BONFIRE OF THE LIBERTIES: NEW LABOUR, HUMAN RIGHTS, AND THE RULE OF LAW by K.D. EWING

DOIhttp://doi.org/10.1111/j.1467-6478.2010.00527.x
Publication Date01 Dec 2010
AuthorHELEN FENWICK
BONFIRE OF THE LIBERTIES: NEW LABOUR, HUMAN RIGHTS, AND
THE RULE OF LAW by K.D. EWING
(Oxford: Oxford University Press, 2010, 336 pp., £50.00)
This is, in a number of respects, an opportune moment to publish a book on
civil liberties in the United Kingdom. It comes after the Human Rights Act
has been in force almost ten years and it will be read in the wake of the 2010
General Election, at a moment when the new government in the coalition
agreement promises the restoration of the right to non-violent protest and the
review of a range of repressive laws, passed under New Labour. The book
concentrates on New Labour's record on civil liberties, which includes
attacking the one piece of legislation that might have appeared to offer some
corrective to repressive laws and state abuse of power ± the Human Rights
Act (HRA).
In chapter 1 Ewing indicates ± unsurprisingly to anyone who knows his
work ± that a key theme of the book will be that human rights have been
shown to be futile as a defence against executive power and also that the
power of the HRA is one `with which the courts have not yet fully engaged'.
This theme is then pursued in the contexts of privacy, police powers,
protest, free speech, counter-terror powers, the focus remaining largely on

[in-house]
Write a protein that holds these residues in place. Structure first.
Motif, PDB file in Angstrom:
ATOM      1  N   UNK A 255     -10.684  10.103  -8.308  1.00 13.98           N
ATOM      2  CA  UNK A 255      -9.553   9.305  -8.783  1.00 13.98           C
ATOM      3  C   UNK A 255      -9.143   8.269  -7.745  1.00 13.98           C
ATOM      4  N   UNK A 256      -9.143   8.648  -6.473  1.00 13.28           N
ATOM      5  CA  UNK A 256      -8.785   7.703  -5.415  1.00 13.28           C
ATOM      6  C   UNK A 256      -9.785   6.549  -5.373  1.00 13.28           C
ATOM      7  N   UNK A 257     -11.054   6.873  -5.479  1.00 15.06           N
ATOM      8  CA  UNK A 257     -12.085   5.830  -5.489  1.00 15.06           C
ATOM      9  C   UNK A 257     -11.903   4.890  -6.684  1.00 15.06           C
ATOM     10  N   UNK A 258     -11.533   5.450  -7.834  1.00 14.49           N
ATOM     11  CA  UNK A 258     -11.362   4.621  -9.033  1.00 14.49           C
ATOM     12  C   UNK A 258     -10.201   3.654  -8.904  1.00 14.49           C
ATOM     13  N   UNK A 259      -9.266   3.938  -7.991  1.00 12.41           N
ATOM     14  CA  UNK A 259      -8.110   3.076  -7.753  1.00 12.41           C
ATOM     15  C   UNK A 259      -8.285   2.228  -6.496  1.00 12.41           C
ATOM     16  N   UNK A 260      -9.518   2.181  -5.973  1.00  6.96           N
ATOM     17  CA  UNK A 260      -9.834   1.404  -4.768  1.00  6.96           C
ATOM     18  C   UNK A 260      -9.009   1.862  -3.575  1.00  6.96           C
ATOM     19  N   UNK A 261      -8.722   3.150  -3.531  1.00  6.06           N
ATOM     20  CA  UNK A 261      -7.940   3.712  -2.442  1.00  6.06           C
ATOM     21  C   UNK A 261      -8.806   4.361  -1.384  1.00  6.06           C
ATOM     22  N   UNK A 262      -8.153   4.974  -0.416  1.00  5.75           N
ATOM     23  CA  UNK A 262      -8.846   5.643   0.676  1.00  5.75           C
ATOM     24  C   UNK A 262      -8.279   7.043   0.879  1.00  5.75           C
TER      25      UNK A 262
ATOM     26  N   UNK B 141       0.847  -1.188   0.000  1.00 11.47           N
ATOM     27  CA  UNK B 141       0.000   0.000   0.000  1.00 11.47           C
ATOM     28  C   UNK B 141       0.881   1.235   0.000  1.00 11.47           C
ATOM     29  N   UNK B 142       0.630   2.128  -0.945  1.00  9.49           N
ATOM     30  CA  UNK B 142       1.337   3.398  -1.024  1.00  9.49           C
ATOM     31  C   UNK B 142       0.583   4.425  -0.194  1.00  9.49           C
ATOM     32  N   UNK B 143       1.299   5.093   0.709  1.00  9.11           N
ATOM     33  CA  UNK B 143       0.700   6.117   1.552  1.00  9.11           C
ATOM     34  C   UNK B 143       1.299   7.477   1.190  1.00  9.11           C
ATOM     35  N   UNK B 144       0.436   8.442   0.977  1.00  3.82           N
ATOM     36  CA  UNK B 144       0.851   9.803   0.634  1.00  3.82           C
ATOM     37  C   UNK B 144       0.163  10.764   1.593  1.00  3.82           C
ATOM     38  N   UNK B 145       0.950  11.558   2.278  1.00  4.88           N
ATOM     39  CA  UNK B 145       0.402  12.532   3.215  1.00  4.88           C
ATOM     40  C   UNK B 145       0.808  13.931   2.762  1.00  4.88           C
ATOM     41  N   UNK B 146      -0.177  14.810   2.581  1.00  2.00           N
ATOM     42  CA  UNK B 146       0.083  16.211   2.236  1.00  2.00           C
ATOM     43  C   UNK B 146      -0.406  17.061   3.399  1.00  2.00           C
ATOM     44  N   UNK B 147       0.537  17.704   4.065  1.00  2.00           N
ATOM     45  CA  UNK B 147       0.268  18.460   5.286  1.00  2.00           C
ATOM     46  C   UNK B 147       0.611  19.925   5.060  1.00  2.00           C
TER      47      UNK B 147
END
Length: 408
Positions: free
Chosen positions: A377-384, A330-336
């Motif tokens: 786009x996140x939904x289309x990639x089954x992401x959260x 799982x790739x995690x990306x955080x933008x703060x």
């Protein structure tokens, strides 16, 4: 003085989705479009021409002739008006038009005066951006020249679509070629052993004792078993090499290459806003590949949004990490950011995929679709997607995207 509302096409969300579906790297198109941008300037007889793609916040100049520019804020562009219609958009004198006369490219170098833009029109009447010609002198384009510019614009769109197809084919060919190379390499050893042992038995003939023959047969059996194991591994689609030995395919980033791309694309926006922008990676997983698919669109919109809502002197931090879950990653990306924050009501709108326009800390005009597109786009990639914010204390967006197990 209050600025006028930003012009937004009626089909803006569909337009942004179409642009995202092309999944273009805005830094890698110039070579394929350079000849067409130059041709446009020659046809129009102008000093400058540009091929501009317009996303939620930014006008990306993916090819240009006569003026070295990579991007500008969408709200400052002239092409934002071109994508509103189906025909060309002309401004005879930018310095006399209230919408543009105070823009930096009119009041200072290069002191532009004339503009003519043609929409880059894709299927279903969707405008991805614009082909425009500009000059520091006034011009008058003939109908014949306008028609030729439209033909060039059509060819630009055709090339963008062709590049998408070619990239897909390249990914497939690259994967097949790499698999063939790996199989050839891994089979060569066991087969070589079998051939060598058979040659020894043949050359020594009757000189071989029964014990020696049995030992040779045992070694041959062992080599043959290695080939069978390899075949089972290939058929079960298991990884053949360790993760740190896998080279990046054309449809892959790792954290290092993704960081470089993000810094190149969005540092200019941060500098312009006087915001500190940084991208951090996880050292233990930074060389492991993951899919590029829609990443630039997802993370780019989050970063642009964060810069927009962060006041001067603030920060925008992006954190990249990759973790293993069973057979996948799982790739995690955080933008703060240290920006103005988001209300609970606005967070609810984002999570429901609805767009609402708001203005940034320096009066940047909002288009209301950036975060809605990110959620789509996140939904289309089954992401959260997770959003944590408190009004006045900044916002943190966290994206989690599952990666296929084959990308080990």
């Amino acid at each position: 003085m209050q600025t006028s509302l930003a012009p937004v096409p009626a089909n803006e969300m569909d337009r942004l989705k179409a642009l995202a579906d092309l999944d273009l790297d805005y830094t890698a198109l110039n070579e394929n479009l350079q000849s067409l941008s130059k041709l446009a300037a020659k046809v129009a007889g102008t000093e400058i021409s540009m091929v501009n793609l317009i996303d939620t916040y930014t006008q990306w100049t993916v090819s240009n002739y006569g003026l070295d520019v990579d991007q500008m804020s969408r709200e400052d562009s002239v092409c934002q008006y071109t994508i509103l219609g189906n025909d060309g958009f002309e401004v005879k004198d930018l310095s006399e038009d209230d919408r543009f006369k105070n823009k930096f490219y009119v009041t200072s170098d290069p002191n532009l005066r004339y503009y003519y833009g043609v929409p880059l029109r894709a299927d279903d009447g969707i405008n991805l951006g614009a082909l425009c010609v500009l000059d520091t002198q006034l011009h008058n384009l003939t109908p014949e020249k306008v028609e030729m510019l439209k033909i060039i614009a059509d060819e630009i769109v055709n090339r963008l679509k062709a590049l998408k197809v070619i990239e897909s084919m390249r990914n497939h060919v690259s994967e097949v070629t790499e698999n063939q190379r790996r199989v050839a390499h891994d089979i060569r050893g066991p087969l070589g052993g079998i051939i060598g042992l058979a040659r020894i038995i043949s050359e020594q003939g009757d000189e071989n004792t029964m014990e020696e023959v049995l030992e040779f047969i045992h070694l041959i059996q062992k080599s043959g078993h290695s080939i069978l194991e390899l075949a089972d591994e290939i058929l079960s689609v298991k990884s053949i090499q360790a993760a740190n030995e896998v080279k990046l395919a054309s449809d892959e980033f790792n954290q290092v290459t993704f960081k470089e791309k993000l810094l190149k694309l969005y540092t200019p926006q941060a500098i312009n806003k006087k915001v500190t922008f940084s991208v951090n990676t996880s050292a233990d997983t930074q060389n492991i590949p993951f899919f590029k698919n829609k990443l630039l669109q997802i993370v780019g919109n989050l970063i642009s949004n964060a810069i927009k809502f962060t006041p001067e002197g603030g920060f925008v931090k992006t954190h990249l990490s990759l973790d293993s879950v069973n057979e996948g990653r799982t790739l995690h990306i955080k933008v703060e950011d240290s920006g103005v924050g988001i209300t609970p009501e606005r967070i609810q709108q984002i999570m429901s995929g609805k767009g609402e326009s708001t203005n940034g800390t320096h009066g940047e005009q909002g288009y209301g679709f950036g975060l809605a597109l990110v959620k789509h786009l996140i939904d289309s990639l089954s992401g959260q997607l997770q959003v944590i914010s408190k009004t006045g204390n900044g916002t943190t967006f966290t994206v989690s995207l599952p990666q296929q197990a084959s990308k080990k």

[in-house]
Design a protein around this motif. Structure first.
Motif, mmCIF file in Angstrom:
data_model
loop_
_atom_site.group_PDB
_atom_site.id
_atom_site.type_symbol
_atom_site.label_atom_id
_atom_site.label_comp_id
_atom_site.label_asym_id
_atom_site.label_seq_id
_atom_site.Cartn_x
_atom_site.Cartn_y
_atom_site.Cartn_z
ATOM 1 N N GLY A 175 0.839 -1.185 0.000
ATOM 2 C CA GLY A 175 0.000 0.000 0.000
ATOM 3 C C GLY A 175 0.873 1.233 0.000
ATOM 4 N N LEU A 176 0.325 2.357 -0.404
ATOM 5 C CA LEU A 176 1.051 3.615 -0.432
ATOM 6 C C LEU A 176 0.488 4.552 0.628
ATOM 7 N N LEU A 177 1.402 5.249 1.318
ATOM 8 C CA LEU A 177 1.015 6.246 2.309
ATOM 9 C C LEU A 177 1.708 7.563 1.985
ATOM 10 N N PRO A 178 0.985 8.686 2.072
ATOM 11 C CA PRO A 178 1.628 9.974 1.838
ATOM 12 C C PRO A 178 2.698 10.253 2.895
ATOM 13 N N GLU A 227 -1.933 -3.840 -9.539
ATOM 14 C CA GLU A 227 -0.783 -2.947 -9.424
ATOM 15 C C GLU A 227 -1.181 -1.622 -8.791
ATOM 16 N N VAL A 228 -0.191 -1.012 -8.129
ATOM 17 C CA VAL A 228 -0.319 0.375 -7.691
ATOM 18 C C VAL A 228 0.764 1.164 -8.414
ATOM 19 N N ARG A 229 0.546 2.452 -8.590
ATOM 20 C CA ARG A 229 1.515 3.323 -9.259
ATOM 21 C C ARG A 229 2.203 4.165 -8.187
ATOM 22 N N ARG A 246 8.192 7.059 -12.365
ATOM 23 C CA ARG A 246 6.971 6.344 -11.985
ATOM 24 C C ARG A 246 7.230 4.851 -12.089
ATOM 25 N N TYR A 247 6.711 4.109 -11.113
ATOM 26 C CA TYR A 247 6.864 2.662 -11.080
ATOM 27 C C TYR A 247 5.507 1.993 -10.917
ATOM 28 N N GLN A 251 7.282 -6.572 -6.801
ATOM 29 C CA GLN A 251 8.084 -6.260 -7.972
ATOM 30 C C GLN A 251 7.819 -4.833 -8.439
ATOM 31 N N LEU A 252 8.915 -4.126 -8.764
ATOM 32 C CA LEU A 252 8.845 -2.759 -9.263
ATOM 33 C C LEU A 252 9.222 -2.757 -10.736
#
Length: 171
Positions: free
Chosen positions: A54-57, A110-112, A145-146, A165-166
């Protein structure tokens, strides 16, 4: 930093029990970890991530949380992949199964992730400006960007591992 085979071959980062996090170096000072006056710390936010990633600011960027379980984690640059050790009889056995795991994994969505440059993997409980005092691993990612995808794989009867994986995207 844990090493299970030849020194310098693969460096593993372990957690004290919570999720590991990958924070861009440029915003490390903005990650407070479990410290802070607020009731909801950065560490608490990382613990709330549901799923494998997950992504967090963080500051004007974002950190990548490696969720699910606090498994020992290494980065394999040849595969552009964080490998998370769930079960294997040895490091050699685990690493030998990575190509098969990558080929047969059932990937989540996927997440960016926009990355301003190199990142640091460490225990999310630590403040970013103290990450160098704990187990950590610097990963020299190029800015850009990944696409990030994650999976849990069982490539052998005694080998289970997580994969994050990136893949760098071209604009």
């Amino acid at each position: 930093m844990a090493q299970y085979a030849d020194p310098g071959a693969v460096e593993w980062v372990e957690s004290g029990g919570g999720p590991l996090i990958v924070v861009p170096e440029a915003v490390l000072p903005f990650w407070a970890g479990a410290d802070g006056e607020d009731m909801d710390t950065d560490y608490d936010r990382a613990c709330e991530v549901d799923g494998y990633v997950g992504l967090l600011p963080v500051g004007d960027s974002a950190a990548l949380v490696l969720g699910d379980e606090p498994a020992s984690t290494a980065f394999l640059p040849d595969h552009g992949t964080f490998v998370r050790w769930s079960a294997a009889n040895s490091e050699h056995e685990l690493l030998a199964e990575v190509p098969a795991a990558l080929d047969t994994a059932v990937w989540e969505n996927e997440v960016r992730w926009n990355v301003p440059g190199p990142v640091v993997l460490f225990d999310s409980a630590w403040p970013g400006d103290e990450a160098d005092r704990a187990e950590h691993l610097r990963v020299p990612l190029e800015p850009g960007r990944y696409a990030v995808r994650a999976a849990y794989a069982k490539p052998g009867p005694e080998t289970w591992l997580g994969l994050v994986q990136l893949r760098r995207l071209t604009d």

the New Labour years in government. The most valuable parts of this book
are the varied and detailed descriptions of attacks on civil liberties in the
fields of surveillance, protest, and the analysis of the curtailment of civil
liberties in the name of counter-terrorism post 9/11. The discussions mix
analysis of the statutory provisions with quotes from particular cases, and
from a wide range of less conventional sources, with the effect of making a
forthright and compelling case that New Labour has continued `the attack on
liberty . . . associated with the Thatcher and Major regimes' (p. 7).
However, the aspects of the interaction between the HRA and repressive
laws emphasized in these chapters are somewhat selective. For example,
Ewing makes the point in chapter 3 in relation to freedom of protest that `not
a single law has been consigned to the dustbin as a result of the Human
Rights Act', referring to pre-1988 statutory provisions. That is, of course,
correct. But it is not the whole story. The common law doctrine of breach of
the peace provides such broad powers to the police to intervene in protest as
to render the statutory schemes aimed specifically at assemblies and marches
almost redundant. Ewing acknowledges that those powers were curbed in
Laporte,
1
but downplays the role of the HRA in the decision, even though
the Lords directly invoked the doctrine of proportionality under Articles 10
and 11, para. 2 to determine the outcome. He concludes that the contribution
of the HRA to freedom of assembly has been virtually non-existent; the
682
1R (Laporte) v. Gloucester Chief Constable [2006] UKHL 55.
ß2010 The Author. Journal of Law and Society ß2010 Cardiff University Law School

To continue reading

Request your trial

VLEX uses login cookies to provide you with a better browsing experience. If you click on 'Accept' or continue browsing this site we consider that you accept our cookie policy. ACCEPT